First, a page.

There are many outstanding issues to be resolved before a fully autonomous car could be ready for urban driving in all weather conditions etc.  Currently, AVs do not deal well with inclement weather - heavy rain or snow.  They also do not recognize new features in signaling or changes made on the roads to deal with emergencies etc.  Obviously there is lot more work to be done.  
The issue of security against hacking of AV's computer system is an interesting one.  A hack proof software is never going to be possible.  If one looks at the history of hacking computer systems, it is almost always to steal information. Controlling the software operation is not generally attempted.  That is why, systems of national importance like electricity grids, air traffic control systems etc. have operated satisfactorily for many years - but are no less vulnerable than the software in AVs.  Also hacking an individual computer is easier than a network of computers. Therefore, the problem of malicious acts against the network is real and in theory will always be a possibility; one has to develop procedures and checks to guard against external hostile acts.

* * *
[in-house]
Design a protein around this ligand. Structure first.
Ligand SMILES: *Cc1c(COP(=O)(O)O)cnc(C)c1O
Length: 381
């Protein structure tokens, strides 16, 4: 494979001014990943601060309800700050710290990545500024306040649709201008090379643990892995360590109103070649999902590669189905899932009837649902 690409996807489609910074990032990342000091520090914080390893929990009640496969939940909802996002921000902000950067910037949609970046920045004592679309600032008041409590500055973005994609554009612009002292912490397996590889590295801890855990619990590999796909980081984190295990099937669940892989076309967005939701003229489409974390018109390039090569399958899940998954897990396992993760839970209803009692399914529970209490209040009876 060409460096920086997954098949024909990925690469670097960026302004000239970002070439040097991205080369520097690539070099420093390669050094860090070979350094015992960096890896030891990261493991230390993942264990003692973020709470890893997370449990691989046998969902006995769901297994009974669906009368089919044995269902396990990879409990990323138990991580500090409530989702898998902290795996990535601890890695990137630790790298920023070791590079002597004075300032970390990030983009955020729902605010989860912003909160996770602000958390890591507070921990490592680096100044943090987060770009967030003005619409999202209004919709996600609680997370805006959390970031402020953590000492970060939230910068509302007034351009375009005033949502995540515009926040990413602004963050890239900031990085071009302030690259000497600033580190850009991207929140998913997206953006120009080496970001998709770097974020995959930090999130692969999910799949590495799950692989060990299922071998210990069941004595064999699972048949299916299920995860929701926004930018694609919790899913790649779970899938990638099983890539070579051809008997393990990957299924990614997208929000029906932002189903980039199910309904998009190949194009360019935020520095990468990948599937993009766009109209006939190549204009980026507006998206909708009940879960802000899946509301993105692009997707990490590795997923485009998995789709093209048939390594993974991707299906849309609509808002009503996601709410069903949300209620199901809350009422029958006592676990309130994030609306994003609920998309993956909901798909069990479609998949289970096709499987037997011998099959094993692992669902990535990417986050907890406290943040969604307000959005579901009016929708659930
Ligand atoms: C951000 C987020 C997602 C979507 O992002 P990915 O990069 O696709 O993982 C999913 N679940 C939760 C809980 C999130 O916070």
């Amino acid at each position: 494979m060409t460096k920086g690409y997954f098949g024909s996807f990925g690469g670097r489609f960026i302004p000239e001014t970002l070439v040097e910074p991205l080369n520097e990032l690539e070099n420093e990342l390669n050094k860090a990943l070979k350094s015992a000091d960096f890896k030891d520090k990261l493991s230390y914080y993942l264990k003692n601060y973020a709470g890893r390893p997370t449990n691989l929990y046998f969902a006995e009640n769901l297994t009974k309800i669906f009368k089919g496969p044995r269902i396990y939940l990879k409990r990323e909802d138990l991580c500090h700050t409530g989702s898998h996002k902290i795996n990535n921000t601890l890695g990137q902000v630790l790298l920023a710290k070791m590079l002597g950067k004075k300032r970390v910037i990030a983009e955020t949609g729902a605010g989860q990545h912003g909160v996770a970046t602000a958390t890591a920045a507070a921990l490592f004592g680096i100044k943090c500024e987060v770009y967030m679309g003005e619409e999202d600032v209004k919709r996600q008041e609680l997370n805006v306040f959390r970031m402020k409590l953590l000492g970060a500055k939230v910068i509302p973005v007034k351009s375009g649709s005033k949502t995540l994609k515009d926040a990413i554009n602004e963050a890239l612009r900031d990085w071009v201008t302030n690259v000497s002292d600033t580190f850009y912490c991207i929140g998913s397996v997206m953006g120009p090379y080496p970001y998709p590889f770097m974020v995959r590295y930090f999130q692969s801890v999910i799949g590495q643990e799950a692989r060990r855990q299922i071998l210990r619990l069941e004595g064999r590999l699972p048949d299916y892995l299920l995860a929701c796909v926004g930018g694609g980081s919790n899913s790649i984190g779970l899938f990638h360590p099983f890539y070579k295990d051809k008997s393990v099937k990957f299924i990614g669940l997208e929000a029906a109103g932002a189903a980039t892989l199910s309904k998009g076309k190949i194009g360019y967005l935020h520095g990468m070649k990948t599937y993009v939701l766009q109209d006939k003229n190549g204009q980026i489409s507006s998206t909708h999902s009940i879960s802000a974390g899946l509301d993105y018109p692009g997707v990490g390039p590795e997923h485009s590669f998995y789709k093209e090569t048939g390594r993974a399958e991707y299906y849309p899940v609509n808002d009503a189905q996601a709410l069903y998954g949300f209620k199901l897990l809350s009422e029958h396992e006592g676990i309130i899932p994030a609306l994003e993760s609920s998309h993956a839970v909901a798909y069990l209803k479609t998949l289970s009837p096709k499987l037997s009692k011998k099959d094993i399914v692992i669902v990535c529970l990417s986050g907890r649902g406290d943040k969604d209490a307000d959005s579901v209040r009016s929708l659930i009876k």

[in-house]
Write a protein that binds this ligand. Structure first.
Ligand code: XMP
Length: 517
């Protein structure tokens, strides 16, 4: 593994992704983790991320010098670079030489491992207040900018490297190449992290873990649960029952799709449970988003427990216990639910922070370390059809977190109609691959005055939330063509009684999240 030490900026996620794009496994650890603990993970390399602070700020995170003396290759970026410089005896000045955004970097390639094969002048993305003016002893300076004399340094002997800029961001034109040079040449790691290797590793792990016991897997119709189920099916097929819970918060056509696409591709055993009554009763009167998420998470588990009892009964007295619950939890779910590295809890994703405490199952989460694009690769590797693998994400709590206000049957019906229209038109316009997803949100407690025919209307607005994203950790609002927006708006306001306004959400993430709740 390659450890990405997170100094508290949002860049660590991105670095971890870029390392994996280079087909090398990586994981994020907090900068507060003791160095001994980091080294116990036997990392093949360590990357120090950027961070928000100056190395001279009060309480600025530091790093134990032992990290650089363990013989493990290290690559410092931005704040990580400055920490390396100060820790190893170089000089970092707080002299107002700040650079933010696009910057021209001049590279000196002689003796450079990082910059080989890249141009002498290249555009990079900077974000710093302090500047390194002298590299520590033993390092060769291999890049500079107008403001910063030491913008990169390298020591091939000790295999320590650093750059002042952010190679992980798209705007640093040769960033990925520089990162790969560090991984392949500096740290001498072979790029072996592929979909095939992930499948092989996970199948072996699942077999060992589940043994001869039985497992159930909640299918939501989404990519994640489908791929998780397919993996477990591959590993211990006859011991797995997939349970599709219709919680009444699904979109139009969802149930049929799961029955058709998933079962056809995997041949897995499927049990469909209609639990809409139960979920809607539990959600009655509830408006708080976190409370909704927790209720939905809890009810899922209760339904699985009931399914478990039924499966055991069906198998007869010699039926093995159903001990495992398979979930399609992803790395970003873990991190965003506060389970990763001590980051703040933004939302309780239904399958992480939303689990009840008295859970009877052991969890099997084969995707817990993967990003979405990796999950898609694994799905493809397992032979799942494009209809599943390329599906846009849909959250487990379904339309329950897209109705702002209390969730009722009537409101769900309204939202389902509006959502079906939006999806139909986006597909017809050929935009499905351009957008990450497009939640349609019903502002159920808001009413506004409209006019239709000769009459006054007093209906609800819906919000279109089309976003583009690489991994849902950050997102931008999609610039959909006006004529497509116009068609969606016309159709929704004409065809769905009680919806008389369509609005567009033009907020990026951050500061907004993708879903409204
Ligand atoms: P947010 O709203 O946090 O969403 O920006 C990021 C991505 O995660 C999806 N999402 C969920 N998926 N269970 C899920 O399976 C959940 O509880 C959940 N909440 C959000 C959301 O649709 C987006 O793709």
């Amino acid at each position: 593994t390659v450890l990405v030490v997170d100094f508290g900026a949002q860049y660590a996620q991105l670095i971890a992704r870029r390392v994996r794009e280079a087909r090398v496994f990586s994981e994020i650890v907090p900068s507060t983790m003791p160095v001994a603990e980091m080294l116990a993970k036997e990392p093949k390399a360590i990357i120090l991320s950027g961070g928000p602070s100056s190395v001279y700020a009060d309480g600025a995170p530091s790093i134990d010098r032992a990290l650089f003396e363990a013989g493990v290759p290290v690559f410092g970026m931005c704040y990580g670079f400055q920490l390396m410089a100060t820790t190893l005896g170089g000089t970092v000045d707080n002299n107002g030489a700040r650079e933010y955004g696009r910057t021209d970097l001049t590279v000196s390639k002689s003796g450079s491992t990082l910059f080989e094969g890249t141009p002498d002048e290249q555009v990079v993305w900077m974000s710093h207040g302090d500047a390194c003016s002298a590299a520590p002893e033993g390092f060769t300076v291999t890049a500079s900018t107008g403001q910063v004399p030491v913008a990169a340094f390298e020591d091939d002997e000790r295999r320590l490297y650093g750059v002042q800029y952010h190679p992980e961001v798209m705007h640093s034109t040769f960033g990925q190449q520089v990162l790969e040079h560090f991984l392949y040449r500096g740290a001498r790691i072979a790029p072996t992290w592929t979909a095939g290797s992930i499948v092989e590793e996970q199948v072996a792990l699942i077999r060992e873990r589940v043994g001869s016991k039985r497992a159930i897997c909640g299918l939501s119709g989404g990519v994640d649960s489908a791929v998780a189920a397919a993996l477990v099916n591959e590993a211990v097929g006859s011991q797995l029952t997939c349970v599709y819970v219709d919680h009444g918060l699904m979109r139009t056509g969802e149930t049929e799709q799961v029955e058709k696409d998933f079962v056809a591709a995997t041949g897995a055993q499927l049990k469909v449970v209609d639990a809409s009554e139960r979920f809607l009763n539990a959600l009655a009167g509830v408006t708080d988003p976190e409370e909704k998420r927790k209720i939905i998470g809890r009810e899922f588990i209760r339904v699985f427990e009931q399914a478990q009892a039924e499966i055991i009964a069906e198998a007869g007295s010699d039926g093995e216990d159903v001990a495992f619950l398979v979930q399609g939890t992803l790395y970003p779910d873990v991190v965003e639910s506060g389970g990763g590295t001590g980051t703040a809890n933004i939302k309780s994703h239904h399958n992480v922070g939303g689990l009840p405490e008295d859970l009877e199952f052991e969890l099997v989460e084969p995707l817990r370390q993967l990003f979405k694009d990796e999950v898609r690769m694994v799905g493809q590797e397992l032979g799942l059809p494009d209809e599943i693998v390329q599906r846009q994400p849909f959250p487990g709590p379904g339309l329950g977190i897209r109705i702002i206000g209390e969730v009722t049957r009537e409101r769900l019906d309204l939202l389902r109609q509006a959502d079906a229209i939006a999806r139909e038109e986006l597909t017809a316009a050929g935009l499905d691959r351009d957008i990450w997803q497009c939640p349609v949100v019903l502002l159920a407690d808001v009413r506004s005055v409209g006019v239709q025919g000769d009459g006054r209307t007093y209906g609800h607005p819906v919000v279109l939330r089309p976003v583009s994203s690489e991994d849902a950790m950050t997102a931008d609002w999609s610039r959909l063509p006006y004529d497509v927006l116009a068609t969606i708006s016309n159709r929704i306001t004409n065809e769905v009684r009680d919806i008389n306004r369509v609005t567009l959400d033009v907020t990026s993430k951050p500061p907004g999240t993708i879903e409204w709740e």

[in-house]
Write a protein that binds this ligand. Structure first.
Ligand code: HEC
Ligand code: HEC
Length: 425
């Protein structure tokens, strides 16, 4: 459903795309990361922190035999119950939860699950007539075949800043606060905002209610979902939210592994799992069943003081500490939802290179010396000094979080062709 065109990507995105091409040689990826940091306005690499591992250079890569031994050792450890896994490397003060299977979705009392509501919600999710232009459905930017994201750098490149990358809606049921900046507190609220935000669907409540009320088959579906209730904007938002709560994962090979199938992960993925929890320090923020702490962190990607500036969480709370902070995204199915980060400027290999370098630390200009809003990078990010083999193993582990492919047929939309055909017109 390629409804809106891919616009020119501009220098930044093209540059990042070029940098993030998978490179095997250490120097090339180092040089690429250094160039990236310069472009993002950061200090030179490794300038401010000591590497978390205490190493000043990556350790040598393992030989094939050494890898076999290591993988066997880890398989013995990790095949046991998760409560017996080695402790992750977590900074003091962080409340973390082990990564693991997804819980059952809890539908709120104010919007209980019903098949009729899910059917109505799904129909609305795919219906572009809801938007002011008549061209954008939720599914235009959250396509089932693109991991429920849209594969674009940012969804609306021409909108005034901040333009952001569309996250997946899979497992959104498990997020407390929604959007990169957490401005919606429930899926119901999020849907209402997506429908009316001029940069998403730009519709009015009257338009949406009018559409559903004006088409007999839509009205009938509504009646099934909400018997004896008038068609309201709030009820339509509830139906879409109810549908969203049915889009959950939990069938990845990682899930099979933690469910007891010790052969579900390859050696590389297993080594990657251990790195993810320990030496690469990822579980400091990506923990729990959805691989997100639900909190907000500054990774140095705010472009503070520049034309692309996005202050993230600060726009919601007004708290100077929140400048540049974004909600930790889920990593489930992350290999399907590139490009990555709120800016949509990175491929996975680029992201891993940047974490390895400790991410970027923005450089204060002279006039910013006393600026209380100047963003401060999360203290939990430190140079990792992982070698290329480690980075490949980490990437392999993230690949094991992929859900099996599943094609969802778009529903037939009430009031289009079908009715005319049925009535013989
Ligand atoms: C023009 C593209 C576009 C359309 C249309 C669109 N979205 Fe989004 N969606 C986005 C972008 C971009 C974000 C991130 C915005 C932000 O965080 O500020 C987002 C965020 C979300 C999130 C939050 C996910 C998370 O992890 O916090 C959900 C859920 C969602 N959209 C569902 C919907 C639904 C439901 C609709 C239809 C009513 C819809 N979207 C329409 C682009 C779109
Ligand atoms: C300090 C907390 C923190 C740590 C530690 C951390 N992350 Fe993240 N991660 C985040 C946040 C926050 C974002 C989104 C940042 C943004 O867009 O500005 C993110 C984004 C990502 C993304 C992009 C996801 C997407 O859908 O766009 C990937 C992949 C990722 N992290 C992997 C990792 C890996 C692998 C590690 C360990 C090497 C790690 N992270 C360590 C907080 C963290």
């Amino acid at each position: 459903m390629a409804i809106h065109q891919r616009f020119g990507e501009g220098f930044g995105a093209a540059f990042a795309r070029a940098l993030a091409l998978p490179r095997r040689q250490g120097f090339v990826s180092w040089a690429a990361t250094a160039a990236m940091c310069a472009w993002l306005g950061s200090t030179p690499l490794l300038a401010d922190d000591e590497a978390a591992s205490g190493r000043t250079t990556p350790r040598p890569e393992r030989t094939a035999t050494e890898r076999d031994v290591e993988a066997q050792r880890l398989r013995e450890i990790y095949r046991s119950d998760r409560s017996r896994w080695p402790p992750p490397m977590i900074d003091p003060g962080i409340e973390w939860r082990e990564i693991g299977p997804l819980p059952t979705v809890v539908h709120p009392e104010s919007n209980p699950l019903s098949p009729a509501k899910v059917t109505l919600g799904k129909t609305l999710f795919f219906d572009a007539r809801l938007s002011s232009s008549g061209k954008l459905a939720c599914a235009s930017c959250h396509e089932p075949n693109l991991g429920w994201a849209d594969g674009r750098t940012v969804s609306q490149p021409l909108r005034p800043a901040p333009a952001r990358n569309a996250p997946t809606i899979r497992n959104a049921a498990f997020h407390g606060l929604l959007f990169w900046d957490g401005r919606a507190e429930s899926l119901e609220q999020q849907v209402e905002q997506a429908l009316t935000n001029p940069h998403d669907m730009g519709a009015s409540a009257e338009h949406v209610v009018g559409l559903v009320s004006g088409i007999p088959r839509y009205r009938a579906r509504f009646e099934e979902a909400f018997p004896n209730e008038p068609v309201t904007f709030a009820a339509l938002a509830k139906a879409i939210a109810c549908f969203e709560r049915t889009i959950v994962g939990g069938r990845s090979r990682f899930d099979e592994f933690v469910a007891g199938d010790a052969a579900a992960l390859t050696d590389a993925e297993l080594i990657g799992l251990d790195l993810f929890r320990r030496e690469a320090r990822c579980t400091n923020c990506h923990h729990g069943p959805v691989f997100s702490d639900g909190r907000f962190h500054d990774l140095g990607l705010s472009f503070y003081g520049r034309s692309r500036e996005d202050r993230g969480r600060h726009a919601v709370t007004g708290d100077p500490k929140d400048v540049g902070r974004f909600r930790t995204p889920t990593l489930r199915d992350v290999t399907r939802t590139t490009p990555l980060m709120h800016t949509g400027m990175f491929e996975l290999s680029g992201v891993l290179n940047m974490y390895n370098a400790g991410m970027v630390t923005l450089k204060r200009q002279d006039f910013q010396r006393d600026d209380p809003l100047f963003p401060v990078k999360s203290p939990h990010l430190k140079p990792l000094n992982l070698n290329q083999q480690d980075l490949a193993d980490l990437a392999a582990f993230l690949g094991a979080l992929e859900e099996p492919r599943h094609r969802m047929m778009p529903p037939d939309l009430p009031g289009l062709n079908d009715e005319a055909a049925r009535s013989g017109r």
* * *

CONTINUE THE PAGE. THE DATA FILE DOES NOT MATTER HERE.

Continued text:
Some Consequences of AV Dominance: There are some unexpected consequences if and when autonomous vehicles take the major market share.  If, as predicted, the number of cars is reduced to 50%, what will the current car manufacturers do?  Most of them wouldn't be making AVs anyway.  One could expect massive bankruptcies with loss of jobs.  In a shared-AVs society, taxi drivers will not be needed - another lot of massive loss of jobs.  On the other hand, many new jobs will be created in software and digital industry.  The situation will be interesting to say the least.